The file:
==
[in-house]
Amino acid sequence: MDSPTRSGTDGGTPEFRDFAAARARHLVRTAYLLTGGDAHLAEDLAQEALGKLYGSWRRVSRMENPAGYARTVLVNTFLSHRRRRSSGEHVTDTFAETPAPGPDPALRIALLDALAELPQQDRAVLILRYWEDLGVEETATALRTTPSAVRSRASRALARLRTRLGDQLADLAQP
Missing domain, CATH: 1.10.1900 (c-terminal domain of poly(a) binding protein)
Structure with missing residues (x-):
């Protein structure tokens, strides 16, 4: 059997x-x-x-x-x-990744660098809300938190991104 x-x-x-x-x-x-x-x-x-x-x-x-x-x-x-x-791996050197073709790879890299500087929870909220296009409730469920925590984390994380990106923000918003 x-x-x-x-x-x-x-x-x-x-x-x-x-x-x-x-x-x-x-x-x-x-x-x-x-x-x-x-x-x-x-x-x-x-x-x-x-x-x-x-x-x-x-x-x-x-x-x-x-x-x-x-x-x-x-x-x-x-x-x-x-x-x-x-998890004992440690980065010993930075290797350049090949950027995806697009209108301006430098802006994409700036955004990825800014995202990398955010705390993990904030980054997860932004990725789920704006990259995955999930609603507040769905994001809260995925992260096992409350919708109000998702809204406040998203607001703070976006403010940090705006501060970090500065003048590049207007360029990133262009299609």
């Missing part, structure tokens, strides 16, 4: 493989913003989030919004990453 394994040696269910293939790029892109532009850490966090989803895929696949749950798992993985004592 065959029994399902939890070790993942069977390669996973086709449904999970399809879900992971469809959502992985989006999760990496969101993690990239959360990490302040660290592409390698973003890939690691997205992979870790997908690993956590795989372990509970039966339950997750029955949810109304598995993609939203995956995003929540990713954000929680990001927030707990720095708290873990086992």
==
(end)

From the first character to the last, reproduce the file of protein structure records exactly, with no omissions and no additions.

[in-house]
Amino acid sequence: MDSPTRSGTDGGTPEFRDFAAARARHLVRTAYLLTGGDAHLAEDLAQEALGKLYGSWRRVSRMENPAGYARTVLVNTFLSHRRRRSSGEHVTDTFAETPAPGPDPALRIALLDALAELPQQDRAVLILRYWEDLGVEETATALRTTPSAVRSRASRALARLRTRLGDQLADLAQP
Missing domain, CATH: 1.10.1900 (c-terminal domain of poly(a) binding protein)
Structure with missing residues (x-):
């Protein structure tokens, strides 16, 4: 059997x-x-x-x-x-990744660098809300938190991104 x-x-x-x-x-x-x-x-x-x-x-x-x-x-x-x-791996050197073709790879890299500087929870909220296009409730469920925590984390994380990106923000918003 x-x-x-x-x-x-x-x-x-x-x-x-x-x-x-x-x-x-x-x-x-x-x-x-x-x-x-x-x-x-x-x-x-x-x-x-x-x-x-x-x-x-x-x-x-x-x-x-x-x-x-x-x-x-x-x-x-x-x-x-x-x-x-x-998890004992440690980065010993930075290797350049090949950027995806697009209108301006430098802006994409700036955004990825800014995202990398955010705390993990904030980054997860932004990725789920704006990259995955999930609603507040769905994001809260995925992260096992409350919708109000998702809204406040998203607001703070976006403010940090705006501060970090500065003048590049207007360029990133262009299609």
């Missing part, structure tokens, strides 16, 4: 493989913003989030919004990453 394994040696269910293939790029892109532009850490966090989803895929696949749950798992993985004592 065959029994399902939890070790993942069977390669996973086709449904999970399809879900992971469809959502992985989006999760990496969101993690990239959360990490302040660290592409390698973003890939690691997205992979870790997908690993956590795989372990509970039966339950997750029955949810109304598995993609939203995956995003929540990713954000929680990001927030707990720095708290873990086992």